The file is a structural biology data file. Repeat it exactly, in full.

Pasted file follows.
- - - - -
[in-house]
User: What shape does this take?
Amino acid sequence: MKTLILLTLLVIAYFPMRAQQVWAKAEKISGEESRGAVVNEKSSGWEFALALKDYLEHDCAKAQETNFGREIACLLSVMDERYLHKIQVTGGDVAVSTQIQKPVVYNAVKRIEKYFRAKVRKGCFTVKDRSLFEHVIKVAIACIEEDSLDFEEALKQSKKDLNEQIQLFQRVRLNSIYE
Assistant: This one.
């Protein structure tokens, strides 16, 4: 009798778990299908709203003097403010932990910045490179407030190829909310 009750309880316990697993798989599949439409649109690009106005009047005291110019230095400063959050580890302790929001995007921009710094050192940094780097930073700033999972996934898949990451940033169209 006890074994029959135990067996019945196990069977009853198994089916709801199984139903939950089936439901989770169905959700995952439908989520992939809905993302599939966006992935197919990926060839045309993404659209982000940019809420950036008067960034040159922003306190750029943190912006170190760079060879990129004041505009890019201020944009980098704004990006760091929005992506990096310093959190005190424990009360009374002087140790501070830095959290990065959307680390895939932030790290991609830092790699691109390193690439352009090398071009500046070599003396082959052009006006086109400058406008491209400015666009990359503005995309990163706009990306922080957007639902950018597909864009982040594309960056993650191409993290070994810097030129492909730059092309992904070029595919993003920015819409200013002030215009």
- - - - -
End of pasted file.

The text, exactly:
[in-house]
User: What shape does this take?
Amino acid sequence: MKTLILLTLLVIAYFPMRAQQVWAKAEKISGEESRGAVVNEKSSGWEFALALKDYLEHDCAKAQETNFGREIACLLSVMDERYLHKIQVTGGDVAVSTQIQKPVVYNAVKRIEKYFRAKVRKGCFTVKDRSLFEHVIKVAIACIEEDSLDFEEALKQSKKDLNEQIQLFQRVRLNSIYE
Assistant: This one.
């Protein structure tokens, strides 16, 4: 009798778990299908709203003097403010932990910045490179407030190829909310 009750309880316990697993798989599949439409649109690009106005009047005291110019230095400063959050580890302790929001995007921009710094050192940094780097930073700033999972996934898949990451940033169209 006890074994029959135990067996019945196990069977009853198994089916709801199984139903939950089936439901989770169905959700995952439908989520992939809905993302599939966006992935197919990926060839045309993404659209982000940019809420950036008067960034040159922003306190750029943190912006170190760079060879990129004041505009890019201020944009980098704004990006760091929005992506990096310093959190005190424990009360009374002087140790501070830095959290990065959307680390895939932030790290991609830092790699691109390193690439352009090398071009500046070599003396082959052009006006086109400058406008491209400015666009990359503005995309990163706009990306922080957007639902950018597909864009982040594309960056993650191409993290070994810097030129492909730059092309992904070029595919993003920015819409200013002030215009």